There could be life here... right in our very own Solar System.
Planetary scientists have a fascinating hypothesis about Saturn's smallest moon, Mimas, which they say may be home to a "stealth" underground ocean that's been hidden from our best observations.
In a press release out of the Southwest Research Institute, principal scientist Dr. Alyssa Rhoden said that NASA's Cassini mission to Saturn had "identified a curious libration, or oscillation, in Mimas' rotation, which often points to a geologically active body able to support an internal ocean."
Translation: Mimas' wobble seems to suggest that it could contain an ocean under its icy surface.
A specialist in the geophysics of icy satellites — say that three times fast! — Rhoden is one of the authors of a new paper published in the journal Geophysical Research Letters about the tantalizing hypothesis centered on Saturn's smallest and innermost moon, which she jokingly admitted looks "much like the Death Star from Star Wars" because of Herschel, its huge impact crater.
If scientists can prove that Mimas has an ocean, it would represent "a new class of small, 'stealth' ocean worlds with surfaces that do not betray the ocean's existence," Rhoden said in the release.
Rhoden worked with planetary researcher Adeene Denton, formerly a Perdue graduate student who now is getting her doctorate at the senior scientist's onetime employer, the University of Arizona — and both admit that there's still a lot left to figure out, especially if they are able to further bolster the Mimas ocean theory.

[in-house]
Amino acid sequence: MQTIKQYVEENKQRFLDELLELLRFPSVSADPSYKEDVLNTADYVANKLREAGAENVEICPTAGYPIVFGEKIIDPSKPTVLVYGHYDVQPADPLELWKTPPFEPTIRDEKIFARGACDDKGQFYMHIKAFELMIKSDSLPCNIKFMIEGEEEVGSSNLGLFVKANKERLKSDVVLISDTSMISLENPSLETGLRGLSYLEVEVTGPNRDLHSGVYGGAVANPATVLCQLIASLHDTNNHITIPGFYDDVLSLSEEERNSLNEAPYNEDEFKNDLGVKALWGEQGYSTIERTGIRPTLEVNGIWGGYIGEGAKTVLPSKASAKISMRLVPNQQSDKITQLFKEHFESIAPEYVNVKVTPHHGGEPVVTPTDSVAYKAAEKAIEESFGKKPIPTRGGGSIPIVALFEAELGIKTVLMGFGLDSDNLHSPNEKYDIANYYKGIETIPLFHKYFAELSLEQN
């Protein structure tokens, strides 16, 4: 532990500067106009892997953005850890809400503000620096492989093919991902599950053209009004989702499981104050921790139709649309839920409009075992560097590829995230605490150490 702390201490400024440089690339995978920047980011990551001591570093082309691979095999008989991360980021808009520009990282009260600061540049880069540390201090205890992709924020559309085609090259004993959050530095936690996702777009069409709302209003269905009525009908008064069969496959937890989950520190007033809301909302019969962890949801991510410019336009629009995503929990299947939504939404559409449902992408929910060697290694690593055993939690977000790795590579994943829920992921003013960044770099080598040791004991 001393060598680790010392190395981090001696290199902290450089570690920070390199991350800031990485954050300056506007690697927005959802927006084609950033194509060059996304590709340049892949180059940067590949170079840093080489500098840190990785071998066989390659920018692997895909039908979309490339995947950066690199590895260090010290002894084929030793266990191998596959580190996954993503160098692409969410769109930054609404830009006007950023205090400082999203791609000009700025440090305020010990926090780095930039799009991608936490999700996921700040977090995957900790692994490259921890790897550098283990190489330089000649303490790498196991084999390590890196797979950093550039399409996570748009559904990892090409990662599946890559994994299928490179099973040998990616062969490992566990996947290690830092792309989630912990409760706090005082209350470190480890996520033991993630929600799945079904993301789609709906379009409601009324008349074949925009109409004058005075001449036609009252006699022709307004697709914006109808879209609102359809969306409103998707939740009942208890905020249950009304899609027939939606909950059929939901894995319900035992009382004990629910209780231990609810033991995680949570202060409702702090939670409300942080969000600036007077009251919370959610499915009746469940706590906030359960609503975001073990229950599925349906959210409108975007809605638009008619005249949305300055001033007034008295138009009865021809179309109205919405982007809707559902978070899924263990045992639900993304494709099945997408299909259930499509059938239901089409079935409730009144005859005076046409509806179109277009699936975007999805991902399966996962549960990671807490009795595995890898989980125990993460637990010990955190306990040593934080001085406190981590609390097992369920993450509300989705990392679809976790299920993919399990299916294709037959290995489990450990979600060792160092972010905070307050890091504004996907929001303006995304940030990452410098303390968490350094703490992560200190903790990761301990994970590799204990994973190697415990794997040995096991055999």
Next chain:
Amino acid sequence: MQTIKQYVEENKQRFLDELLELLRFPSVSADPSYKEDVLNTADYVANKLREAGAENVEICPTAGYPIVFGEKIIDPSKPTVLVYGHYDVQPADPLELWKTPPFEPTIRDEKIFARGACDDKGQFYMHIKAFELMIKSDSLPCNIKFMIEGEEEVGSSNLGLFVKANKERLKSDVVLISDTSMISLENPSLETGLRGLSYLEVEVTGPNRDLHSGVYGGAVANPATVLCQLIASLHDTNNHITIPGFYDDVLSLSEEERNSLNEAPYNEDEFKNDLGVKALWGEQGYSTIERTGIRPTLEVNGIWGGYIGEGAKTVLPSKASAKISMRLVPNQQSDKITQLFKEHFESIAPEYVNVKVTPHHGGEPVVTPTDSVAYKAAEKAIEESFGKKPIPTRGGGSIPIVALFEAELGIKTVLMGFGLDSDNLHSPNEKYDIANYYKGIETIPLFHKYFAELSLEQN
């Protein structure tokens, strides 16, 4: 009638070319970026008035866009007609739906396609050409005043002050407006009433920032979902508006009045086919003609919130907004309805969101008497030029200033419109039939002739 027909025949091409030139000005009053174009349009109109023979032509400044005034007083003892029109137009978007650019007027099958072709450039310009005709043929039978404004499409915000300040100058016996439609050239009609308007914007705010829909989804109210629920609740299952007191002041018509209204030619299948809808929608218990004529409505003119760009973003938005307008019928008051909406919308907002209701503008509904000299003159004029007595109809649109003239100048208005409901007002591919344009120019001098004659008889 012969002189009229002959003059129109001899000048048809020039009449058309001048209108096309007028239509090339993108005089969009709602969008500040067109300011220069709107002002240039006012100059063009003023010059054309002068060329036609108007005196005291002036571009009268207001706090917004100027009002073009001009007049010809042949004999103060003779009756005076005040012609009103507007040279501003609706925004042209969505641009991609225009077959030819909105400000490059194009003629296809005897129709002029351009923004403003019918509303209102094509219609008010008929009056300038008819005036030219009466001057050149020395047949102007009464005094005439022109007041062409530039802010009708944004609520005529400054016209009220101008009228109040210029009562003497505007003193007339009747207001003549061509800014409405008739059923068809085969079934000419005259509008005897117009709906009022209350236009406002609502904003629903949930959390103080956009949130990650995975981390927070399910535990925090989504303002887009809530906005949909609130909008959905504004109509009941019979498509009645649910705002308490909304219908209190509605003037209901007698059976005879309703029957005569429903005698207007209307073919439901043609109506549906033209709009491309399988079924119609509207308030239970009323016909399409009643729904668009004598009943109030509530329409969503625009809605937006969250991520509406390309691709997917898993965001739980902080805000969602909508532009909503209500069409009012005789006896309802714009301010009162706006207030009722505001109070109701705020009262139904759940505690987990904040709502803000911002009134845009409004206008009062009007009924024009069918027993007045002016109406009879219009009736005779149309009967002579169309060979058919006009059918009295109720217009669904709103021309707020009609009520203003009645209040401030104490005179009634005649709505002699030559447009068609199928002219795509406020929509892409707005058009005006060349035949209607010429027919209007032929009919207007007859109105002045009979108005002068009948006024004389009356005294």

"If Mimas has an ocean today, the ice shell has been thinning since the formation of Herschel, which could also explain the lack of fractures on Mimas," Denton said in the release. "If Mimas is an emerging ocean world, that places important constraints on the formation, evolution and habitability of all of the mid-sized moons of Saturn."
A random Saturnian moon may seem like a strange place for habitation, but with recent forays in habitable exoplanet research centering on bodies of water as homes for potential life, the discovery of an ocean on that distant celestial body within our Solar System could be massive.
This discovery could, as Rhoden noted, mean that other moons surrounding Saturn and even Uranus could support life as well — but urged the need for more research to figure out this intriguing question.
More on potentially habitable planets: NASA Just Discovered an Earth-Like Habitable Planet Orbiting a Nearby Star